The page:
Parts of Recognition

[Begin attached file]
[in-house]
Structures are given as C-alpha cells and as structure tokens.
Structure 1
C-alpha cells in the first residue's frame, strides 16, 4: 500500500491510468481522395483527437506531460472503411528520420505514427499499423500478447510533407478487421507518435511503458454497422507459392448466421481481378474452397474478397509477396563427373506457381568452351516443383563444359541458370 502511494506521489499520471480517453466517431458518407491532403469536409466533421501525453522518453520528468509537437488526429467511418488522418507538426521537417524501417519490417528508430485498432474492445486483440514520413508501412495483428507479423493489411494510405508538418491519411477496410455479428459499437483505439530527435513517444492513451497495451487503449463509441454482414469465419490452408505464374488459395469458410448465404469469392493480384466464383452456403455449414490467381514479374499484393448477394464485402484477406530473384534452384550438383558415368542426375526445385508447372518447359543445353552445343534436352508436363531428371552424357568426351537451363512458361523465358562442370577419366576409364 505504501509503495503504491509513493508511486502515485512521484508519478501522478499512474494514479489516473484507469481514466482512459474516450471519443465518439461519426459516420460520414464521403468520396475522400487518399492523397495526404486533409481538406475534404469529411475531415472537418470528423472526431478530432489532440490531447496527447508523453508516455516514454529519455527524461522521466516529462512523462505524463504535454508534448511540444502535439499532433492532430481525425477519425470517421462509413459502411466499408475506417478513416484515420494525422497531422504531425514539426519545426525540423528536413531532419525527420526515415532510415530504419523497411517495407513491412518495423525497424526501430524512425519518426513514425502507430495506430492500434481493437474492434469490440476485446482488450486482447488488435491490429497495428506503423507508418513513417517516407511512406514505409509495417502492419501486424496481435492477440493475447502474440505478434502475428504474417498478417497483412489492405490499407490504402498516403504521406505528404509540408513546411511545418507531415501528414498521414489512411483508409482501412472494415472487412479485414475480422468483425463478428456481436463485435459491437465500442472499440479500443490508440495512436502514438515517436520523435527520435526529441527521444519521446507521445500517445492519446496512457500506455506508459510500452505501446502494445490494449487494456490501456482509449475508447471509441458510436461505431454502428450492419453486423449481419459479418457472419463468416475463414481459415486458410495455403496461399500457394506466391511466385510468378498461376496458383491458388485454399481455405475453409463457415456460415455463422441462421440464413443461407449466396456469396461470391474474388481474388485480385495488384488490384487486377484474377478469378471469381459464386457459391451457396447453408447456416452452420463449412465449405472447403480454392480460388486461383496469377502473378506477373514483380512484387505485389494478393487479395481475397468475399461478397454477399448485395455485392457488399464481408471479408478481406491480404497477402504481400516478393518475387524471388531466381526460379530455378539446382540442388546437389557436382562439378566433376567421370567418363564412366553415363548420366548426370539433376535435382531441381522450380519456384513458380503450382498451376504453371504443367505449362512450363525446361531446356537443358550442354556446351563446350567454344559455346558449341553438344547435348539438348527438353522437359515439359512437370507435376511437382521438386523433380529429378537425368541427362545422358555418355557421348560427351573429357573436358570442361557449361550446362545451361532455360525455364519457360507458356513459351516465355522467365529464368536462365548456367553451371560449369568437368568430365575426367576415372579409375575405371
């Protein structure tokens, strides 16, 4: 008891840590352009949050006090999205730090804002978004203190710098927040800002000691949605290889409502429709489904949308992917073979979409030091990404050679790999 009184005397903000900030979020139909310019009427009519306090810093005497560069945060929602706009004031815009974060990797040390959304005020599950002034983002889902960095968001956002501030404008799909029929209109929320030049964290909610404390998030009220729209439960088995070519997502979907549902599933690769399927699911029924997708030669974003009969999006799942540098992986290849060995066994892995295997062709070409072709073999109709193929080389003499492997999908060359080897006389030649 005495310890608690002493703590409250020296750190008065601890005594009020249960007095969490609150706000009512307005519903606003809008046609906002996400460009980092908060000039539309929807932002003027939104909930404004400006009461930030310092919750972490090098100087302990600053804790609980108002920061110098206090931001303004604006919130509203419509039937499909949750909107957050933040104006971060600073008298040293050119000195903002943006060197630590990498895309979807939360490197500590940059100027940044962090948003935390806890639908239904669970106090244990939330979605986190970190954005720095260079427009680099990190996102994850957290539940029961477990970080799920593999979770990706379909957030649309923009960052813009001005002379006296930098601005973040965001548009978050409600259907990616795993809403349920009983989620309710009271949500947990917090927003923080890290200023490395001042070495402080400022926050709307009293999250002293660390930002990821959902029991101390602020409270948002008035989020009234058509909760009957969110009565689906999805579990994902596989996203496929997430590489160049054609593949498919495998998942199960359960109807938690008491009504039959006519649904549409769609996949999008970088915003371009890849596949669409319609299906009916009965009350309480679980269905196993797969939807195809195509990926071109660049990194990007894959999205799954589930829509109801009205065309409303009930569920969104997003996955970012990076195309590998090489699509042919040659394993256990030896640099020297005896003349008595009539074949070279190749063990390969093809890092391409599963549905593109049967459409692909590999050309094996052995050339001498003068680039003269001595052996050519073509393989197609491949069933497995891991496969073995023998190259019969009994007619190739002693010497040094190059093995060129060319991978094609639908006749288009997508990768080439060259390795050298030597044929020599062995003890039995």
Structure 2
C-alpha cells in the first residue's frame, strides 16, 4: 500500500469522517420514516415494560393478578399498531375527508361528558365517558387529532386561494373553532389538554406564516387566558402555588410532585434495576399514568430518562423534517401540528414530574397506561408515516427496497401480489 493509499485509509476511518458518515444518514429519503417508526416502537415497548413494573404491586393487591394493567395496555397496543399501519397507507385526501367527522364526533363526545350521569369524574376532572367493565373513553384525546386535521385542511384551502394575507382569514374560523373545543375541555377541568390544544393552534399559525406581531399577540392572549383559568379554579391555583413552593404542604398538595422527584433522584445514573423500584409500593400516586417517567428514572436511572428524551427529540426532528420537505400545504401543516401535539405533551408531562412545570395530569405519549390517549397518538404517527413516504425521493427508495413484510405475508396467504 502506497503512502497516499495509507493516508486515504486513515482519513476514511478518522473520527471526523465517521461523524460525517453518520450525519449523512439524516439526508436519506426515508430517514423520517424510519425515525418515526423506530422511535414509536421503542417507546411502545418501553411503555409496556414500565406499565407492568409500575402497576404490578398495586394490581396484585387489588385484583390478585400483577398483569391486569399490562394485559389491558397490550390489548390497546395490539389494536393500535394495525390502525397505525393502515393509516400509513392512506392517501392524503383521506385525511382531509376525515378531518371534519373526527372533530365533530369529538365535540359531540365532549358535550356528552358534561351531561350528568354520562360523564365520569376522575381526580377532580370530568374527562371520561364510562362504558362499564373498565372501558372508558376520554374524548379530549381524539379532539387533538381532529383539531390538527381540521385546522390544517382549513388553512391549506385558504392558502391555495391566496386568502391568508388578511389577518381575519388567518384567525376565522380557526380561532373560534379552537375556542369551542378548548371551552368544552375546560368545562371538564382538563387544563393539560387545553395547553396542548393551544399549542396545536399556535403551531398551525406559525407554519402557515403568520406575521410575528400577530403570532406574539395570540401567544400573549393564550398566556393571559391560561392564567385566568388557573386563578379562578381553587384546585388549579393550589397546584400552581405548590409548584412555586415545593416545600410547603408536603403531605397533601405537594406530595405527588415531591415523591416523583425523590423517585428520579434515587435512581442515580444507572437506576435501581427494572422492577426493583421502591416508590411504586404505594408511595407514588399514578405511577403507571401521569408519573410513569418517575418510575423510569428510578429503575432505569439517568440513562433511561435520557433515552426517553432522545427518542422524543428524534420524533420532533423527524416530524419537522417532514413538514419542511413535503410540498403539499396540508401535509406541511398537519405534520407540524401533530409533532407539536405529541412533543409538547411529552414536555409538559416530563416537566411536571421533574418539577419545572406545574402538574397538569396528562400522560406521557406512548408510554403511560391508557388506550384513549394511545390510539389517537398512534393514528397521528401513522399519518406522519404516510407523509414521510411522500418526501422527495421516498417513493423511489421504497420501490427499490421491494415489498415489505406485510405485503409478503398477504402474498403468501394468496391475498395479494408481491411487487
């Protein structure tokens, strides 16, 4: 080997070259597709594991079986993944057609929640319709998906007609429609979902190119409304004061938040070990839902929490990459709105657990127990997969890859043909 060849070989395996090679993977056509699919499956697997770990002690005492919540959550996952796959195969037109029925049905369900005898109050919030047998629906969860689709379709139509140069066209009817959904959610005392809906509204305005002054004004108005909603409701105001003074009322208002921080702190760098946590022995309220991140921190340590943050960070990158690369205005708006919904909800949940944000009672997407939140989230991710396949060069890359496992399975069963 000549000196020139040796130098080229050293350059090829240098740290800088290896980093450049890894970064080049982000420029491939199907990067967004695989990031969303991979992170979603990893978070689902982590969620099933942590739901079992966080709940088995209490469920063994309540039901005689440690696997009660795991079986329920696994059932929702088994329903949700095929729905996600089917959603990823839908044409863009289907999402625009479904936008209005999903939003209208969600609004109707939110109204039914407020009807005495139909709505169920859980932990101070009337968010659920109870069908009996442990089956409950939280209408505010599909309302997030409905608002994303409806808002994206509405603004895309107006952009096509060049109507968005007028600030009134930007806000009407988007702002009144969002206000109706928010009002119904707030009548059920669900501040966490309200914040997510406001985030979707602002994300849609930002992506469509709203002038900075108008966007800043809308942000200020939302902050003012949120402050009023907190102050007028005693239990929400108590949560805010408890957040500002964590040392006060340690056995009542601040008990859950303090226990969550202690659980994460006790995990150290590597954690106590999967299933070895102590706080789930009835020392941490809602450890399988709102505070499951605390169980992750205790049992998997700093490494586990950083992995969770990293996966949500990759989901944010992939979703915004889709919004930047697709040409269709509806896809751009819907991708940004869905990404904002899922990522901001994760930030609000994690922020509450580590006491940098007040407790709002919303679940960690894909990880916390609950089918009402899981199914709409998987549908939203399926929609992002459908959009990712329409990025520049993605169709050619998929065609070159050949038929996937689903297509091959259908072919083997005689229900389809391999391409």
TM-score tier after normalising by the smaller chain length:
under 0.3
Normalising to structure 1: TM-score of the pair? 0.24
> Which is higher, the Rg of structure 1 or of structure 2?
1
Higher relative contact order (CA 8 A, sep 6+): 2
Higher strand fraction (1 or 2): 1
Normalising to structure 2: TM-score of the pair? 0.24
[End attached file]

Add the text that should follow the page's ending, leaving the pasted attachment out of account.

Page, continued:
A complete theory of object recognition is an impossibility ??t simply because of the multiplicity of visual cues we exploit in elegant coordination to identify an object, but primarily because recognition involves fixation of belief, and anything one knows may be relevant. We finesse this obstacle with two moves. The first restricts attention to one visual cue, the shapes of objects; the second restricts attention to one problem, the initial guess at the identity of an object. We propose that the visual system decomposes a shape into parts, that it does so using a rule defining part boundaries rather than part shapes, that the rule exploits a uniformity of nature ??ransversality, and that parts with their descriptions and spatial relations provide a first index into a memory of shapes. These rules lead to a more comprehensive explanation of several visual illusions. The role of inductive inference is stressed in our theory. We conclude with a pré£©s of unsolved problems.